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Jennifer E. Thomas
...... .:::.:.:

It's almost like there are these periods where our relationship is smooth and steady, and then there are times when it's like standing on the edge of this gorgeous, wonderful waterfall and just letting yourself drop, knowing that there's a safe pool of water ready to catch you at bottom. You take the plunge and you're in wayyyy over your head, but oh man, it's exhilarating, it's breathtaking, it's just incredible and you feel better than you ever have before and the water is cool and refreshing and exactly what you needed.

Sam is my waterfall.

- LJ entry from 8/2005


Every Human Has Rights

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December 2017
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Jennifer E. Thomas [userpic]
Loss, life, and doing what you can

A member of our church passed away this morning. I never really had the chance to know Betty, as she was already quite old and mostly bedridden by the time Sam and I joined Ponder UMC, but her daughter in law is a friend of mine, and I've been praying for Betty for ages now.

Today was Betty and Bud's 56th anniversary, and I find this tragic. A day this man should be able to remember with joy is now the day that he lost the most important person in his life. I worry about Bud, I don't know how long he will hang on now that he's lost his beloved wife.

Death is a hard thing. As a Christian, I find dichotomy to be confusing. On the one hand, somebody is gone from this life, never to return. On the other hand, that person has gone home to Jesus and has received the ultimate healing. To grieve? Or to rejoice? It's confusing.

For Betty, I choose to rejoice. She was ready, very ready, to go. For Bud, and her children and grandchildren, I grieve. They will miss her so!

Recently I volunteered to be the person who calls the members of our church who do not have email when there are prayer needs and church news to pass along. I've called on prayer needs before, but this was the first death I've had to hand along.

While doing the calls, for the first time I realized just how important this ministry is, keeping our church family connected and in the know. And for the first time I received a prayer request from one of the people on the phone list which I passed forward as I made the rest of my calls.

The body of Christ is the church, and all parts of it need to be connected and communicating. Otherwise, some of it withers, some of it atrophies, some of it can just fall off without even being noticed.

To quote the Blues Brothers

I'm on a mission from God.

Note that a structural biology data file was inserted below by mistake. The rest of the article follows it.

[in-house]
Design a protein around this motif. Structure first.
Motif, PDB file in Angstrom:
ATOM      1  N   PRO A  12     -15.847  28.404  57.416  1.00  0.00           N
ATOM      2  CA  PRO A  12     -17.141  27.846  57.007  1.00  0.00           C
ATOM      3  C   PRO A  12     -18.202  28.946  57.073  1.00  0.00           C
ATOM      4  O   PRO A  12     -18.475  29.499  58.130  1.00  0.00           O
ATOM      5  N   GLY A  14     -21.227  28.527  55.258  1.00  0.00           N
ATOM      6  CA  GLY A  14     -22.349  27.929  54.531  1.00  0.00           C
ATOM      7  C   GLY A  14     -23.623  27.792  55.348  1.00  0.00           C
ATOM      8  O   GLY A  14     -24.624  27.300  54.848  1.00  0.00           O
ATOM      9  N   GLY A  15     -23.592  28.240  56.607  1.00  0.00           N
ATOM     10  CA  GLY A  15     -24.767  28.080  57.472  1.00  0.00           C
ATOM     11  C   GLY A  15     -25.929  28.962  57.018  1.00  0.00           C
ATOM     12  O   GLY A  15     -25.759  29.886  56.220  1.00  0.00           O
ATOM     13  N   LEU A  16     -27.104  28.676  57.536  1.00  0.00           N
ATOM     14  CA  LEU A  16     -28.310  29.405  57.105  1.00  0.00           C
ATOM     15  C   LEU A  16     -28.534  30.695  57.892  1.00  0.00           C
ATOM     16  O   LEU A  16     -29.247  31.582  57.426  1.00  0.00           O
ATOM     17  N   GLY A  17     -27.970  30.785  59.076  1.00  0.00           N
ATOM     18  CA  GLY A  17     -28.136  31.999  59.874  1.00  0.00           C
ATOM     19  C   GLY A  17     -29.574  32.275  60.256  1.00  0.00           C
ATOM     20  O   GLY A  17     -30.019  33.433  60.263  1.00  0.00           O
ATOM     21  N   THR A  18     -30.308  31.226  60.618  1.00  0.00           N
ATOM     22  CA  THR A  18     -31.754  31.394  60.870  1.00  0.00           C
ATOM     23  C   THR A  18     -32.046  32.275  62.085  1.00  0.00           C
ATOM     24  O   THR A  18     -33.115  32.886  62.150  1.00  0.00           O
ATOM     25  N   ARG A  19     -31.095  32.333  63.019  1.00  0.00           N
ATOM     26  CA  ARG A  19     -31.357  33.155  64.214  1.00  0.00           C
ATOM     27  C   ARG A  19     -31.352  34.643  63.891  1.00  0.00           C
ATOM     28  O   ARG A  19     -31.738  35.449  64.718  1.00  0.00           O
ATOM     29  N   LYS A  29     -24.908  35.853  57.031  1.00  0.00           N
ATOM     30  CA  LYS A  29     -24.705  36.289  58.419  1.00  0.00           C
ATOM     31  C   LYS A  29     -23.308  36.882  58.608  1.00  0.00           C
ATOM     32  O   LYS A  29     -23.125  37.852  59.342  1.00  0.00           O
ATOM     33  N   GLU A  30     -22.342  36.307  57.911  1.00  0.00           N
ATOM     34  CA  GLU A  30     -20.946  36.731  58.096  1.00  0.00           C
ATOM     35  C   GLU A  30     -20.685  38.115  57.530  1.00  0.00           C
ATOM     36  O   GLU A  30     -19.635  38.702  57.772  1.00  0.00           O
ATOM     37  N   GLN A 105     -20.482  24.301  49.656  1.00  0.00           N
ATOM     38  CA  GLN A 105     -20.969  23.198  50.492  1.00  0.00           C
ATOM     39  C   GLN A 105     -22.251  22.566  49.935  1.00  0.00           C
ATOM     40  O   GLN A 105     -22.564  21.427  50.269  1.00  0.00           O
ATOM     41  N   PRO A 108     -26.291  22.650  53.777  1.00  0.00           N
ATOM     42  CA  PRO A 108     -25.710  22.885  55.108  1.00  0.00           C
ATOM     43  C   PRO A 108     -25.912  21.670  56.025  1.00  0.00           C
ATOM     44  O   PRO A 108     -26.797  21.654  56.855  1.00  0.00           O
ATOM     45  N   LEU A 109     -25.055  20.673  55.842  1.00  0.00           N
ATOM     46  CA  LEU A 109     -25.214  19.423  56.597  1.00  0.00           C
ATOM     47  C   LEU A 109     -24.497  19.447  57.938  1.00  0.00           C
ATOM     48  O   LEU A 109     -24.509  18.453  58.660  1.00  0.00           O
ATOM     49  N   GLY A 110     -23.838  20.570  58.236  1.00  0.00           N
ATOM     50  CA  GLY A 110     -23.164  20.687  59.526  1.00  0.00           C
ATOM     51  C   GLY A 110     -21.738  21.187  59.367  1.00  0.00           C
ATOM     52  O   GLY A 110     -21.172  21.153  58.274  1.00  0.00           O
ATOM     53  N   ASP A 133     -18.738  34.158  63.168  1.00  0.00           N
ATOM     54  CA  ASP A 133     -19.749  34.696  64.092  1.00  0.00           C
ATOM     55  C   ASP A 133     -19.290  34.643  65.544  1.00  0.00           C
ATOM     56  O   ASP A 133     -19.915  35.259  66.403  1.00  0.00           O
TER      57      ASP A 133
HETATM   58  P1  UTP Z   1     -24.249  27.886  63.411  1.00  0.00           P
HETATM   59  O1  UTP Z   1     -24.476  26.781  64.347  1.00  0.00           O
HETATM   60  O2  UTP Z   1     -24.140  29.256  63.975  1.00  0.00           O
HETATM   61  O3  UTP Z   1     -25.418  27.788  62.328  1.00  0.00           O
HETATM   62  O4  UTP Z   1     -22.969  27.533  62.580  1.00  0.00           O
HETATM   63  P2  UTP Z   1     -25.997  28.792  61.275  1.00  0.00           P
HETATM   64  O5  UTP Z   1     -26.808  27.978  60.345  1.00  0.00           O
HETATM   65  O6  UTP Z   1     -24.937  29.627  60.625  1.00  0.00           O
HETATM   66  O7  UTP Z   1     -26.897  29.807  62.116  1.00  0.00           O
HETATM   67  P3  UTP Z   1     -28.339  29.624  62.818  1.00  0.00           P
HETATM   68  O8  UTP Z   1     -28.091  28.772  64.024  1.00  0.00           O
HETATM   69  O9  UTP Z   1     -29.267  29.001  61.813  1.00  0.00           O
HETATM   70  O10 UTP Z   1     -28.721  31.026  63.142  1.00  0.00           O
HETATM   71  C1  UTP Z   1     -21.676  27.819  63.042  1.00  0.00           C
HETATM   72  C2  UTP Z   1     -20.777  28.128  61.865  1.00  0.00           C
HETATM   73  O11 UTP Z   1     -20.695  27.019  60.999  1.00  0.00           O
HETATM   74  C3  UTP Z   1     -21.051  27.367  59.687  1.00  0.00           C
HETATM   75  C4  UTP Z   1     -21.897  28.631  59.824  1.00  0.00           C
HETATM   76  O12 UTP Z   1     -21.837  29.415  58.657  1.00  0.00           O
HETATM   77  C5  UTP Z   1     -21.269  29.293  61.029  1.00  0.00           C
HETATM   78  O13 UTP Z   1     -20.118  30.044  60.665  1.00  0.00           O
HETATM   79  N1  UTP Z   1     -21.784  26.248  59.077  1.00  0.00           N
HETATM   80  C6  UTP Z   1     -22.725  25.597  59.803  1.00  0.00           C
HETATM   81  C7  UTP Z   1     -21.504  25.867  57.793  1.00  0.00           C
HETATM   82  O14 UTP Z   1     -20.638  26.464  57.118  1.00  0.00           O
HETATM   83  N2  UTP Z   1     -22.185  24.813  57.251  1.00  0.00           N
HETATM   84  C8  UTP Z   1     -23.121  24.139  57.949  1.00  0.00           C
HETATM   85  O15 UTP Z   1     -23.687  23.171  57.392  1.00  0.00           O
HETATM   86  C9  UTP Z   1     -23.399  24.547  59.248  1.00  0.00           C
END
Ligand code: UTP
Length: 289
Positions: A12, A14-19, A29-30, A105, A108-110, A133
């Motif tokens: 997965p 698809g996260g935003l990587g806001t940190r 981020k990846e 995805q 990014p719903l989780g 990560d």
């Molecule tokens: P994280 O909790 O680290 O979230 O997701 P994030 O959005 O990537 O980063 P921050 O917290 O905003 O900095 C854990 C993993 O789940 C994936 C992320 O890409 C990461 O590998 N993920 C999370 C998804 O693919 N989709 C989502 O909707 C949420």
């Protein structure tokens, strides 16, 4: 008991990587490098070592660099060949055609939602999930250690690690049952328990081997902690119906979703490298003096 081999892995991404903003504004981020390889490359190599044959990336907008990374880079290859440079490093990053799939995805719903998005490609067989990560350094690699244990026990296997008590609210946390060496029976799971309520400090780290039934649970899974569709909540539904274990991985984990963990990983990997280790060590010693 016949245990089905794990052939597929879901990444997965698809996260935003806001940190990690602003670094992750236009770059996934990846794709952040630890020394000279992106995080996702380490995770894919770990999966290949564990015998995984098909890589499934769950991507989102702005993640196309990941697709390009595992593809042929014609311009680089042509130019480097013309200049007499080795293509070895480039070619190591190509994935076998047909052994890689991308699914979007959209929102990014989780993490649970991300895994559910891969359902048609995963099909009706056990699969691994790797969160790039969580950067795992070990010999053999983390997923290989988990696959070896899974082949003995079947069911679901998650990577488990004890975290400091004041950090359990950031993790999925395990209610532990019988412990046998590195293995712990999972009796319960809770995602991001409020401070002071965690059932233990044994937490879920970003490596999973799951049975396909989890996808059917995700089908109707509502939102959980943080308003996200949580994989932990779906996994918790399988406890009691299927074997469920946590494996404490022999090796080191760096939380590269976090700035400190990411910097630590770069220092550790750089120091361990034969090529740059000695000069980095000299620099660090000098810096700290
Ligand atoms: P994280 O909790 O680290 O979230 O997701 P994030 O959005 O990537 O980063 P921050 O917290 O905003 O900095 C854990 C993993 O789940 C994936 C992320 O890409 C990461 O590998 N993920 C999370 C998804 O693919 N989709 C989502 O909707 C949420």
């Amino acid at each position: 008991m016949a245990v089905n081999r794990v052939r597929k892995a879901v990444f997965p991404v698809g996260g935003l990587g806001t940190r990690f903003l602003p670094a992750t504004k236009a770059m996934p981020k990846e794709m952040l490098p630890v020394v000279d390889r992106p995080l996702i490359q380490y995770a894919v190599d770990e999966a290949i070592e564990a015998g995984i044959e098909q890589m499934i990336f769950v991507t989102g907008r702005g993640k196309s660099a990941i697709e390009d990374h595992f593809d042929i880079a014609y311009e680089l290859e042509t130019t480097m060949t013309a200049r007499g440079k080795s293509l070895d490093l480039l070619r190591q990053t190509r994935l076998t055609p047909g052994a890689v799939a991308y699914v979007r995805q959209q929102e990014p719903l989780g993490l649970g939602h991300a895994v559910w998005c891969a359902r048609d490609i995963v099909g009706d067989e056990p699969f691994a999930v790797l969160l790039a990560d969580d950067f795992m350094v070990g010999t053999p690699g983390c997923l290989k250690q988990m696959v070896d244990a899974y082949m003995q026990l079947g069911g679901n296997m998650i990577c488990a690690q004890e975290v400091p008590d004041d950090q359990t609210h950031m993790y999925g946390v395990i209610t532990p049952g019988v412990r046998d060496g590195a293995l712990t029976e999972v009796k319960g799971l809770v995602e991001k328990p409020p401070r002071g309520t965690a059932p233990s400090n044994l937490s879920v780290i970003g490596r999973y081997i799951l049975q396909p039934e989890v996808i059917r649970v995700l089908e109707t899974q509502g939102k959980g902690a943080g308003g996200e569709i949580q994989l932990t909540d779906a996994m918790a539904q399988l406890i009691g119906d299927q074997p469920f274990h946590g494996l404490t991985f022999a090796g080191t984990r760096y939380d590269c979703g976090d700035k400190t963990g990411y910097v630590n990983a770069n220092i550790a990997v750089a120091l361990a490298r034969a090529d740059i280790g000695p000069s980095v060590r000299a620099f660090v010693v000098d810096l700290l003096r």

Rest easy, Betty. You're home now.

Borderline symptom of the day: peacefulpeaceful

May Light perpetual shine upon her and grant her peace. May her family find comfort in their faith.

My prayers are with them.


I recall you being wonderfully supportive after my brother died. And you were the one person who hugged me sincerely and didn't make me have the urge to slug.

I was also conflicted. I dislike hearing someone tell me, "well it was his time. God has called him home." It makes me angry. I reply, "well, I'm sorry, maybe I am not a good Christian, because I am selfish. I want him here with me on earth." And with all the horrid people doing evil things on this planet, we coulda used another good guy on our 'side'.

But in the meantime, hugs & love to ya, JennJenn.

I agree, inappropriate. I got this constantly when i lost my baby-"It's for the best", "You have a little angel waiting in heaven" and the worst was "The baby was probably deformed." sheesh! what idiot says that? I wanted to scream "I don't want God to take care of my baby, *I* want to take care of my baby~" You know, it's been 19 years and it still feels like yesterday sometimes.

I remember when your brother passed. I remember answering the phone and hearing you crying because your heart had broken, and feeling so helpless.

I love you so much, Lisa :)

While we certainly rejoice when a soul goes to heaven, I think it's perfectly normal to grieve when someone dies. Jesus grieved for his friend Lazurus, after all. And he grieved for himself in Gethsemane. We *should* grieve with friends when their loved ones die; it helps them process the event when people act normally instead of acting happy about it. I mean, they *know* their loved one is better off out of pain and distress(if it was long illness), but they still feel sad for their loss and the fact that their former life is now overturned. And multiply that exponentially if it was the death of a child or a young person, or an unexpected or violent death.
You sound like a very good friend. Sometimes when people die the only thing you want to do is talk about them. And talk and talk some more. So maybe what her husband needs most is a listening ear.

in my experience, we grieve for *ourselves*, for *our* loss - and it is a loss, to never see that person in this life again. i don't find a dichotomy.
erm; but i am very strange.

may i ask what the prayer request was? different religion, sure, but God is Goddess is God - i will gladly add another person to my prayers. [i already pray for you and Sam and the boys :) ]